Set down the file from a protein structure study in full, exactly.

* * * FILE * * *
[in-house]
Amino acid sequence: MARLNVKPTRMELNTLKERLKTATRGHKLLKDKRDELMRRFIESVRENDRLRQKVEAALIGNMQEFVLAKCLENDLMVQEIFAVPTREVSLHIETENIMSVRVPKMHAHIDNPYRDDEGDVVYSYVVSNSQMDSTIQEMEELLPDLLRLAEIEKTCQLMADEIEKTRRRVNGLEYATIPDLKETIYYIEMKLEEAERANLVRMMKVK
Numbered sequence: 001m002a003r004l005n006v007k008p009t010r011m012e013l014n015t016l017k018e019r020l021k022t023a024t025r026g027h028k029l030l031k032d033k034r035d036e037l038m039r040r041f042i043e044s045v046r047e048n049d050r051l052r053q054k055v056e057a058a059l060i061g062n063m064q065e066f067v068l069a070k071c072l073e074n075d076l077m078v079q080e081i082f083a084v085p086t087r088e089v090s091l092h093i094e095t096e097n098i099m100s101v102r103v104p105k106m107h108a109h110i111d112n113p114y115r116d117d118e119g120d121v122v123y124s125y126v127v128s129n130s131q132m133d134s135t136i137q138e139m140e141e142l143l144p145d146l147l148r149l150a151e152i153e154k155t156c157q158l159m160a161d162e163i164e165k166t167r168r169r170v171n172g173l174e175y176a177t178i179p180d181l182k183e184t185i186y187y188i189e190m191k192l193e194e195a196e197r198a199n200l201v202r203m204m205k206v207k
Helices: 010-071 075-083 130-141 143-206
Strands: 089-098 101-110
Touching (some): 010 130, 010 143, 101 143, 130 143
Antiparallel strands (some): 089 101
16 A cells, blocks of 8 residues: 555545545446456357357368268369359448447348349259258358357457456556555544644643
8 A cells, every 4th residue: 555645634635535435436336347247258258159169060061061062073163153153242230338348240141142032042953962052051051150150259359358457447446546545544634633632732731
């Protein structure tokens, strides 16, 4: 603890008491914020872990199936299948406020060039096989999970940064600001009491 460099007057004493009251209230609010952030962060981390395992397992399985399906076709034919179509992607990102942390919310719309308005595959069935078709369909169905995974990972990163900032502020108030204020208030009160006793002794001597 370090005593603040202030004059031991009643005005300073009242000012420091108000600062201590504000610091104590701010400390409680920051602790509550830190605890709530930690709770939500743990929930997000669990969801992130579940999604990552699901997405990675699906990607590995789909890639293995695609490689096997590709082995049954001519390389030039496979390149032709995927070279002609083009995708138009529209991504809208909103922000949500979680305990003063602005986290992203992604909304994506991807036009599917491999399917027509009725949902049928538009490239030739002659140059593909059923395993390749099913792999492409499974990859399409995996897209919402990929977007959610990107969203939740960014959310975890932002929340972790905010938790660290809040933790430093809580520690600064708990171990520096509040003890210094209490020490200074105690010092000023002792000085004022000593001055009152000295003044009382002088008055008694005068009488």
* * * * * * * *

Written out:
[in-house]
Amino acid sequence: MARLNVKPTRMELNTLKERLKTATRGHKLLKDKRDELMRRFIESVRENDRLRQKVEAALIGNMQEFVLAKCLENDLMVQEIFAVPTREVSLHIETENIMSVRVPKMHAHIDNPYRDDEGDVVYSYVVSNSQMDSTIQEMEELLPDLLRLAEIEKTCQLMADEIEKTRRRVNGLEYATIPDLKETIYYIEMKLEEAERANLVRMMKVK
Numbered sequence: 001m002a003r004l005n006v007k008p009t010r011m012e013l014n015t016l017k018e019r020l021k022t023a024t025r026g027h028k029l030l031k032d033k034r035d036e037l038m039r040r041f042i043e044s045v046r047e048n049d050r051l052r053q054k055v056e057a058a059l060i061g062n063m064q065e066f067v068l069a070k071c072l073e074n075d076l077m078v079q080e081i082f083a084v085p086t087r088e089v090s091l092h093i094e095t096e097n098i099m100s101v102r103v104p105k106m107h108a109h110i111d112n113p114y115r116d117d118e119g120d121v122v123y124s125y126v127v128s129n130s131q132m133d134s135t136i137q138e139m140e141e142l143l144p145d146l147l148r149l150a151e152i153e154k155t156c157q158l159m160a161d162e163i164e165k166t167r168r169r170v171n172g173l174e175y176a177t178i179p180d181l182k183e184t185i186y187y188i189e190m191k192l193e194e195a196e197r198a199n200l201v202r203m204m205k206v207k
Helices: 010-071 075-083 130-141 143-206
Strands: 089-098 101-110
Touching (some): 010 130, 010 143, 101 143, 130 143
Antiparallel strands (some): 089 101
16 A cells, blocks of 8 residues: 555545545446456357357368268369359448447348349259258358357457456556555544644643
8 A cells, every 4th residue: 555645634635535435436336347247258258159169060061061062073163153153242230338348240141142032042953962052051051150150259359358457447446546545544634633632732731
């Protein structure tokens, strides 16, 4: 603890008491914020872990199936299948406020060039096989999970940064600001009491 460099007057004493009251209230609010952030962060981390395992397992399985399906076709034919179509992607990102942390919310719309308005595959069935078709369909169905995974990972990163900032502020108030204020208030009160006793002794001597 370090005593603040202030004059031991009643005005300073009242000012420091108000600062201590504000610091104590701010400390409680920051602790509550830190605890709530930690709770939500743990929930997000669990969801992130579940999604990552699901997405990675699906990607590995789909890639293995695609490689096997590709082995049954001519390389030039496979390149032709995927070279002609083009995708138009529209991504809208909103922000949500979680305990003063602005986290992203992604909304994506991807036009599917491999399917027509009725949902049928538009490239030739002659140059593909059923395993390749099913792999492409499974990859399409995996897209919402990929977007959610990107969203939740960014959310975890932002929340972790905010938790660290809040933790430093809580520690600064708990171990520096509040003890210094209490020490200074105690010092000023002792000085004022000593001055009152000295003044009382002088008055008694005068009488």